Edit: And it seems they're trying to sell some ebook "nutrition" guide for $20 a copy. This is garbage.
That is, it's bad food that doing the harm. Eating good food might help, but the better question is: how much kale must you eat to break even from that can of soda?
Rarebirdinc.com "specializes in internet marketing, website design, e- commerce development, strategic marketing..."
Never trust "a study", especially without a specific citation. Here's the study in question.
FWIW, the study was partially funded by the California Walnut Commission. This doesn't mean the science is bad, but probably worth double-checking the methodology. I have no evidence that it's bad. I just don't trust any single study.
Did they just examine NES2 outcomes, or did they try dozens and publish the ones with significant effects? Did they control for income? Is this the only study of walnuts and cognitive outcomes, or have we done dozens--published or otherwise--and are just picking the one with an interesting/desirable outcome?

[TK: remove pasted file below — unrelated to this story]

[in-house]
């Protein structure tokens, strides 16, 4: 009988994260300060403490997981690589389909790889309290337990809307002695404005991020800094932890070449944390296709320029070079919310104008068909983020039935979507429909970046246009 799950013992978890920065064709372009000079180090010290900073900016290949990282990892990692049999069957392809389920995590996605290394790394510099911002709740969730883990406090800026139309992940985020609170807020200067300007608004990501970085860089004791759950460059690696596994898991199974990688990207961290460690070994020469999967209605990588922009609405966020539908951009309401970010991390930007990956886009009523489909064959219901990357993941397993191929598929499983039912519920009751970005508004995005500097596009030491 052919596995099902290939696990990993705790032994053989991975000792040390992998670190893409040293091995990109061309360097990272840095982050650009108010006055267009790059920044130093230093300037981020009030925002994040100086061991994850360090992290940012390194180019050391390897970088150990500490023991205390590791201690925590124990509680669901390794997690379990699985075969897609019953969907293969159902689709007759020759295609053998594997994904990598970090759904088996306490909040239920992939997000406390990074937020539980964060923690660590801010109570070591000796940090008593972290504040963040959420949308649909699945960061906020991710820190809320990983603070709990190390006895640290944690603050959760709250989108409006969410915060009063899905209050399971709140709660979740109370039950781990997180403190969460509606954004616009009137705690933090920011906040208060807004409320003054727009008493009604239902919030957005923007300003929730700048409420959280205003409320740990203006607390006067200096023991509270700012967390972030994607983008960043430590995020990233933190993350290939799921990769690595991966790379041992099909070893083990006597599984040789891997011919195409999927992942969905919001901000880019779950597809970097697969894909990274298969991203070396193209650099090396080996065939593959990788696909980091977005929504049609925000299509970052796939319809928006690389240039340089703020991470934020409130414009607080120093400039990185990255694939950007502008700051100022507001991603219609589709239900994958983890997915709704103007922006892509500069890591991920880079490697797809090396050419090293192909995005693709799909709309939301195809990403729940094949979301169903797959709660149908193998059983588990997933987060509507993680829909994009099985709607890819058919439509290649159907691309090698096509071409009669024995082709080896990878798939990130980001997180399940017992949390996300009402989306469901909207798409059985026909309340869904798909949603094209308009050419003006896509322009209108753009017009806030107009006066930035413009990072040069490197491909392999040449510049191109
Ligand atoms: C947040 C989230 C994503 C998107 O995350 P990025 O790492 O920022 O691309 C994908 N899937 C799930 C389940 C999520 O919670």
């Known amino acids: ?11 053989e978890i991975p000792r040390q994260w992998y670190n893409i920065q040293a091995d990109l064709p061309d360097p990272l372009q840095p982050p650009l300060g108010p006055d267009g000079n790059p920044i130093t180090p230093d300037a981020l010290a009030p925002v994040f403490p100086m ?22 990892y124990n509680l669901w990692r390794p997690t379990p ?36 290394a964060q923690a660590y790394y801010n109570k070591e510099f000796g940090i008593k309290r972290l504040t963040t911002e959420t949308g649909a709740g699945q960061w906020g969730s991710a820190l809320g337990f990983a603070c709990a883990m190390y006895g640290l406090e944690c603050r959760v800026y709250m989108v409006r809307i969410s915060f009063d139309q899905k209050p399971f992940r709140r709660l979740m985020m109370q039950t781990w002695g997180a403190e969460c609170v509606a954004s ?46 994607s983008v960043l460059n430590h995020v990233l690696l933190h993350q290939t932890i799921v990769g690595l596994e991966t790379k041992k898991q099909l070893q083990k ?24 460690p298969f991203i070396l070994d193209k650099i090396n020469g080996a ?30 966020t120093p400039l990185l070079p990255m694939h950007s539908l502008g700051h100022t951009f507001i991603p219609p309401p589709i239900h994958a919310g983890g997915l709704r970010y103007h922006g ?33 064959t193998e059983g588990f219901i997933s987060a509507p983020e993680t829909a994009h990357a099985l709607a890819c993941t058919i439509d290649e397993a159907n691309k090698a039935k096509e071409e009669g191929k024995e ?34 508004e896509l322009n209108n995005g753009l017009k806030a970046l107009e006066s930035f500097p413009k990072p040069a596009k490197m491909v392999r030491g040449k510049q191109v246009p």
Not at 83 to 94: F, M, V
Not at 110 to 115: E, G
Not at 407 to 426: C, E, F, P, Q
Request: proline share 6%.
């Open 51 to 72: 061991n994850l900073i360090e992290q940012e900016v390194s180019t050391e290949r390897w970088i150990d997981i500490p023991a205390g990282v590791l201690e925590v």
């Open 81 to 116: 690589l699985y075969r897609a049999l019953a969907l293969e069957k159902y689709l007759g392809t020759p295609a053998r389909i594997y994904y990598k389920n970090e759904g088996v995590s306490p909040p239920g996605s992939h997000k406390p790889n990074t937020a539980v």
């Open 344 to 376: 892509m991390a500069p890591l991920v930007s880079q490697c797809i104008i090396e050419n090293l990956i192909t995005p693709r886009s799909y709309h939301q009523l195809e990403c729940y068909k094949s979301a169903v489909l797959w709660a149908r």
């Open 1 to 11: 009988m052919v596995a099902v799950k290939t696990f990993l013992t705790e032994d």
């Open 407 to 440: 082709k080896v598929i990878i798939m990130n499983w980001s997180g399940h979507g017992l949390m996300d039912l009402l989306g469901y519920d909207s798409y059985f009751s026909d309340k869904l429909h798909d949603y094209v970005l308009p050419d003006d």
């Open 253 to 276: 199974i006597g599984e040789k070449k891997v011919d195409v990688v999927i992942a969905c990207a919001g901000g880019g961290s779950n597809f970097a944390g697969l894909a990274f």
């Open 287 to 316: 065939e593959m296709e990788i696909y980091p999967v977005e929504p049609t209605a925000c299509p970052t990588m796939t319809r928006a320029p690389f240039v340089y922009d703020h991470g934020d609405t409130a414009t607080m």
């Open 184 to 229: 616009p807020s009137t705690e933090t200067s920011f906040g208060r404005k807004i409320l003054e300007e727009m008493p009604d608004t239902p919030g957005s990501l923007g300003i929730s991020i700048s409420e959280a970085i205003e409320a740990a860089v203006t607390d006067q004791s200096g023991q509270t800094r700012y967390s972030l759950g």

This isn't just the walnut study. The "Berries" section talks about "a study" (still no citaiton, but Google knows). Was this a study of berries, or a study of hundreds of foods and they published the one that had interesting outcomes?
We do this stuff wrong all the time. Here's a nice video about one Very Bad study that made the news lately. TL;DR: They looked at numerous outcomes from thousands of variables and published one that was statistically significant.
Relevant xkcd: https://m.xkcd.com/882/
-- Sci-hub is timing out for me when I try, but this is the URL: https://sci-hub.tw/10.1007/s12603-014-0569-2
 This one: https://www.ncbi.nlm.nih.gov/pubmed/22535616